Wednesday, January 16, 2008

The best little city

I had a revelation tonight, of sorts.

I'm having sushi with my pal Rene Geneva at Maiko. I am, as I always do when I hang out with Rene, mostly listening - but, also, stealing glances at her amazing, huge set of dreadlocks that took her 7 years to grow (which I just found out tonight, after a random motorist leaned out his car window and asked her). You know how some people have the type of hair that tells you so much about their personality before they even open their mouth? (Vogue's Anna Wintour and her precise little bob comes to mind, as does Winona Ryder in her pixie cut days.) Rene is one of those people. Adventurous, as well as patient - two qualities that dreadlocks rather demand. I love them.

Anyway, in between bites of edamame and maki, we're talking about why Austin is such a supportive community for artists, unlike the cutthroat, network-or-die world of NYC or LA. Local art has been on my mind a lot lately, since I'm interviewing folks for Rare's upcoming art issue (which will be an i-n-c-r-e-d-i-b-l-e read / eye-candy fest, so go pick it up in April). We came to the conclusion that unlike NYC or LA, there aren't any huge media outlets here, really, so artists don't have to compete for airtime. Grab a producer's attention here in Austin, and you could be featured on KVUE! Land a producer's attention in NYC, and you could get on Good Morning America. Or, in the case of LA, a movie.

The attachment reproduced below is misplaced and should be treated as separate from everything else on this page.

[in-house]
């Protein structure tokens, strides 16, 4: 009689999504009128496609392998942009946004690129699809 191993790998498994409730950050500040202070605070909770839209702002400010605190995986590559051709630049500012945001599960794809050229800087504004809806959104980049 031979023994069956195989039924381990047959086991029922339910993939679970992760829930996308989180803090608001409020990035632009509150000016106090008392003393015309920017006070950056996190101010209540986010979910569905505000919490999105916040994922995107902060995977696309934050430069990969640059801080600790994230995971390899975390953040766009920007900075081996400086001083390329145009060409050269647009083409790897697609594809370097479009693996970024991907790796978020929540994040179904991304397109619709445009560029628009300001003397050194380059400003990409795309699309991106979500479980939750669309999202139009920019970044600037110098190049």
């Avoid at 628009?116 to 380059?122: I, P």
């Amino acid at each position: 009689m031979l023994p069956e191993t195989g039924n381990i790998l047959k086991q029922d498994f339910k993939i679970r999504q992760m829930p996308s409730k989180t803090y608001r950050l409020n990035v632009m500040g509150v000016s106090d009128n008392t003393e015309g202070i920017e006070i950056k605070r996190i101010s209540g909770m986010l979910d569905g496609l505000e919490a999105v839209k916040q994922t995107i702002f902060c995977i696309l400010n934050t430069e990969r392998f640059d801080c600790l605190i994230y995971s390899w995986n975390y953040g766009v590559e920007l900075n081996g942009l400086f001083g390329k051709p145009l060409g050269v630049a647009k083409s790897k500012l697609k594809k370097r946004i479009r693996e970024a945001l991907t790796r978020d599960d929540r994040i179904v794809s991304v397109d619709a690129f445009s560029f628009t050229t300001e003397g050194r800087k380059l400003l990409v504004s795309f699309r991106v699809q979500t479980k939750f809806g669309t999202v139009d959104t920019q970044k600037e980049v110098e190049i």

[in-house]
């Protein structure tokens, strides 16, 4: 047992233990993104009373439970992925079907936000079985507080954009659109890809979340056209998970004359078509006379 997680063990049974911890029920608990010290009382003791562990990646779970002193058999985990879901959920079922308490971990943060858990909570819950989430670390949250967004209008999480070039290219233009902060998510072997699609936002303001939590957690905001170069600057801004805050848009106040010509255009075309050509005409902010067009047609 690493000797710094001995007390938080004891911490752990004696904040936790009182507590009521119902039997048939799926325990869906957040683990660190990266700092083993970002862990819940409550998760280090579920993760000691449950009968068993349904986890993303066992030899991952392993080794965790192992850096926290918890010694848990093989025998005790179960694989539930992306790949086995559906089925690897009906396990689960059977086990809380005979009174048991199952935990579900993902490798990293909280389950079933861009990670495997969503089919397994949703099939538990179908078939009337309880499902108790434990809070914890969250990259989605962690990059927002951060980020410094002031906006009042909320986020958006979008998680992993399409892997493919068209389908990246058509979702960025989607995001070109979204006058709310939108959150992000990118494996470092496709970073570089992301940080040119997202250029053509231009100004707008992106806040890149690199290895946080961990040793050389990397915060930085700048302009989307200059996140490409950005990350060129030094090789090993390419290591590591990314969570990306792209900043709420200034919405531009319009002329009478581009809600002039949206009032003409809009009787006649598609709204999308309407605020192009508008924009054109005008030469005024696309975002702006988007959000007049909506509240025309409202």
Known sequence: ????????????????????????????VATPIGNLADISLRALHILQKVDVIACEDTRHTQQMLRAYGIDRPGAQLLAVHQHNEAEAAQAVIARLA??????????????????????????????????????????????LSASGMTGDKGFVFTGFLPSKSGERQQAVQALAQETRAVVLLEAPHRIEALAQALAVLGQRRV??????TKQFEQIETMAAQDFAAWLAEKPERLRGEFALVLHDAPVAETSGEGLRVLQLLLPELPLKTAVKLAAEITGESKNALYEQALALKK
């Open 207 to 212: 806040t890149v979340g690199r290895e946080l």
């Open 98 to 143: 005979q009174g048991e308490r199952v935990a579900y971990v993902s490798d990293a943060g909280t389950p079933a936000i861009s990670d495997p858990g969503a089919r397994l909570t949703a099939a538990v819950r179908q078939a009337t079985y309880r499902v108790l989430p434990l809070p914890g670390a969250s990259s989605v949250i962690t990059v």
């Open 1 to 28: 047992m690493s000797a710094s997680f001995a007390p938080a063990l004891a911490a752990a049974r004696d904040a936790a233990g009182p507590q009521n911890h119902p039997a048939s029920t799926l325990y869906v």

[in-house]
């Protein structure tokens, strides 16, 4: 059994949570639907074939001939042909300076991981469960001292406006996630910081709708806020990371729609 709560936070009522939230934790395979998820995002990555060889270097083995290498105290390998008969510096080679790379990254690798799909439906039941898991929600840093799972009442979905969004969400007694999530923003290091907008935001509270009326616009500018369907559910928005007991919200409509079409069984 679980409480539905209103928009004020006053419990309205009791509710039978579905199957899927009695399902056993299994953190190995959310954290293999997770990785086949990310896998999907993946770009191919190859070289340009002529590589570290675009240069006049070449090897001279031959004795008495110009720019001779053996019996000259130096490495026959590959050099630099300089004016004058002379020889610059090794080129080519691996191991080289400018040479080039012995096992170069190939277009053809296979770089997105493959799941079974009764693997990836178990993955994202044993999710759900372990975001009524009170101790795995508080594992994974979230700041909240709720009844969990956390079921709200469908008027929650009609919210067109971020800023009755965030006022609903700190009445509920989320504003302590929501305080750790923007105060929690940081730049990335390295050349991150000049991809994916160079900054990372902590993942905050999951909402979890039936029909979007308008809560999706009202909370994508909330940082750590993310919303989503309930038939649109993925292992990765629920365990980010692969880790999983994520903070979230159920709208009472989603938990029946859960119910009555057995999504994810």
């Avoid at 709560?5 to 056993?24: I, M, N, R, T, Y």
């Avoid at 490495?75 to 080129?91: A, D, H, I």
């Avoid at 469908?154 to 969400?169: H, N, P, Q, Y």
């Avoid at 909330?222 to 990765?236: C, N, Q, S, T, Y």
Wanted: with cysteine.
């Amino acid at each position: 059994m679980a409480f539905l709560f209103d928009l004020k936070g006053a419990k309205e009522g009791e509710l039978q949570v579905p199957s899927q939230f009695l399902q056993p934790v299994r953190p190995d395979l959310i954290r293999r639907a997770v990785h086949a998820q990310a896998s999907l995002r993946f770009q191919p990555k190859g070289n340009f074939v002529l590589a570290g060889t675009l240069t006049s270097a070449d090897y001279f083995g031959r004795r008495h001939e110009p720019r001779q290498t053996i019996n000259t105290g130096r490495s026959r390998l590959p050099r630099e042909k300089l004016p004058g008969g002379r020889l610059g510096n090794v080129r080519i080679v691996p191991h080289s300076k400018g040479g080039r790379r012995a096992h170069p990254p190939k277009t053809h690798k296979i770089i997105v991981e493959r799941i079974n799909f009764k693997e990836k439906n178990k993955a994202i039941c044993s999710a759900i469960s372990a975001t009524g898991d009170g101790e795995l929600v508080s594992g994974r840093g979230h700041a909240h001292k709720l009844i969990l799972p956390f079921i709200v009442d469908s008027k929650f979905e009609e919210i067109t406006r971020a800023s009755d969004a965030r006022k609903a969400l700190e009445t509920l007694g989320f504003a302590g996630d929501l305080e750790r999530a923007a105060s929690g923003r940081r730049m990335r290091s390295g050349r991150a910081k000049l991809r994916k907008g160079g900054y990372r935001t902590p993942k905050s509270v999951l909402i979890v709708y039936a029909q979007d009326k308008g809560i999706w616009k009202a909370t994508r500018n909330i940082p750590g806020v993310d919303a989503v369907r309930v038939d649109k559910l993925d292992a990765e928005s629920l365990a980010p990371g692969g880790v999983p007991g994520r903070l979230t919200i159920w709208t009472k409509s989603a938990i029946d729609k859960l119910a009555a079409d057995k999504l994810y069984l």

Which is to say that Austin is in a unique position for cultural trends. I heard it yesterday from a graphic designer that Austin is about 5 years behind big-city aesthetic shifts. At first I thought, "eww, really?? We're that behind? Ugh!!" And then, I realized: a) I didn't really know what she was talking about - what is a "city aesthetic?" How does one define the aesthetic of an entire metroplex? and b) maybe being behind isn't such a bad thing. Maybe it keeps our artists honest. Meaning, they aren't trying to be trendy. If an artist "makes it" here, it is because they had an original, cool idea, not simply the best version of an idea that had already hatched on the east or west coasts.

So, do your thing local media. I do realize I dissed one of you in my last post, and to be fair I still think we can rack our brains for musical headliners beyond George Strait, yes? But overall, we're lucky to be a small city that relies on word-of-mouth, and not the news, to spread the names of rad artists, musicians, etc. If you're an out-of-towner, you could get a KUT podcast I guess, but to get plugged in you just have to live here.

And apparently, many people want to.

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